Dan Hurst - Voice Talent

Voiceovers In English or Spanish for commercials, narrations, Radio/TV Promos



Voiceovers by Dan Hurst in English or Spanish for commercials, narrations, and e-learning.



Published March 5, 2009

If you’re a producer,  an advertiser,  a creative director,  etc,  you well know the challenges of finding the right voice for your project!  Unfortunately you often have to sift through a lot of bad, bad demos to find that one voice.  And who’s got time for that?

I have a friend who collects bad voice talent demos.  He has one of my very first ones and threatens to release it if I ever make him mad.  I remember that demo.  It was done on reel to reel tape and copied to cassettes.  But that’s not what made it bad.

No offense to my DJ buddies (I was one for waaaay too many years!),  but that’s what I sounded like – a DJ doing a bunch of commercials.  You know, like most of the commercials you hear on the radio today.  The sad truth is that the majority of advertisers today will spend a ton of money on radio or tv time,  and ask the radio or tv station to write and create the spot.  And what they end up with,  most of the time,  is a spot that sounds or looks far too much like the ones around it.  It’s like trying to find a Smith in the Smith listings of the phone book – it’s there,  but it looks a lot like all the others.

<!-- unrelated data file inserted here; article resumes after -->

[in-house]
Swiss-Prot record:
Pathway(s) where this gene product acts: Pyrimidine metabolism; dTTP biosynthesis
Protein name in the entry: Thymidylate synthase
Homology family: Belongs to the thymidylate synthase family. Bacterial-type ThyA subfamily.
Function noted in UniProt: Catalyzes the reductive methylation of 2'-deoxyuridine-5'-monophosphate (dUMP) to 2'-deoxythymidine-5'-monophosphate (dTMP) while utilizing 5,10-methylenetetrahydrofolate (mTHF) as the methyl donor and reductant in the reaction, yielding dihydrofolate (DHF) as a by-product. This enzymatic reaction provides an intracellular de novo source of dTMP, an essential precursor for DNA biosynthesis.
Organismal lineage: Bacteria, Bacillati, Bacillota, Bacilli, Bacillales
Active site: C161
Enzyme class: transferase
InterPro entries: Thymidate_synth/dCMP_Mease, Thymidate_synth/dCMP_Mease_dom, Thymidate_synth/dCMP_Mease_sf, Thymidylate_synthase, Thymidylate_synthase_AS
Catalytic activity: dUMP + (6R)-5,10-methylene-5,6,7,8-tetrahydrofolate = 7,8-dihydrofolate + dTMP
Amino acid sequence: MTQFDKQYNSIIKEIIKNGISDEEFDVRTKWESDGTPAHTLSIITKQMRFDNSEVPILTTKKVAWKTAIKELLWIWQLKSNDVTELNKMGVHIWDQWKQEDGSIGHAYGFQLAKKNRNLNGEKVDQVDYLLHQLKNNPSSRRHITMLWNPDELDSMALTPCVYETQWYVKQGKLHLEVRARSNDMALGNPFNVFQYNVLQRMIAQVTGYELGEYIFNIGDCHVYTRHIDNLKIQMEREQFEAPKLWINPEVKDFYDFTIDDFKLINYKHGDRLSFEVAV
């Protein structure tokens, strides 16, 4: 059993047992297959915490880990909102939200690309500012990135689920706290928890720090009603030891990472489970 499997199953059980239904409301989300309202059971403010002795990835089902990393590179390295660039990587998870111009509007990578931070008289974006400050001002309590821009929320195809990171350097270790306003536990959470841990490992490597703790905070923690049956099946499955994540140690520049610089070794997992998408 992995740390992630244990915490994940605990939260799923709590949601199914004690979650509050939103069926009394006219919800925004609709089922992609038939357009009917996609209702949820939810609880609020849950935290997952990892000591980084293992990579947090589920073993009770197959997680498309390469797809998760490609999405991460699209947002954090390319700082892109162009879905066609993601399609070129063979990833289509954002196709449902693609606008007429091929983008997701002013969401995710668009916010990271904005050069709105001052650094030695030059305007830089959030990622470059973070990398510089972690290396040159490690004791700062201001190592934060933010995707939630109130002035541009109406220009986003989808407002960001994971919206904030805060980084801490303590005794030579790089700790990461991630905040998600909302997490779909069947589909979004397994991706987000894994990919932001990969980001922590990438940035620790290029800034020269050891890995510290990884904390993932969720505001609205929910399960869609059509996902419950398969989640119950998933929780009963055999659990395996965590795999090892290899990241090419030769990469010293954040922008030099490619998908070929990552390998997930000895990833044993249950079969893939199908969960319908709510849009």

I know, I know. There’s something to be said about good writing.  So I’ll say it.  Hey, advertisers!  Get a good writer!

Now back to my diatribe.

Look, good voice talent is good voice acting.  It’s about finding the right character and attitude,  and creating something special.  It doesn’t matter if it’s a narration or a tv commercial,  it’s about acting,  interpreting;  creating an image in the listener or viewer’s mind.  That’s a craft.  That’s a talent.  It has to be developed.  It has to be constantly worked on.

So,  I have an exercise for you voice talents seeking your fame and fortune in this wonderful,  challenging business.  Turn the radio or the tv on and listen to some the commercials.  Then listen to your demo.  If your demo were a commercial (which it is),  would it just get lost in the Smiths?

If so, time to work on your acting skills and start working on a new demo!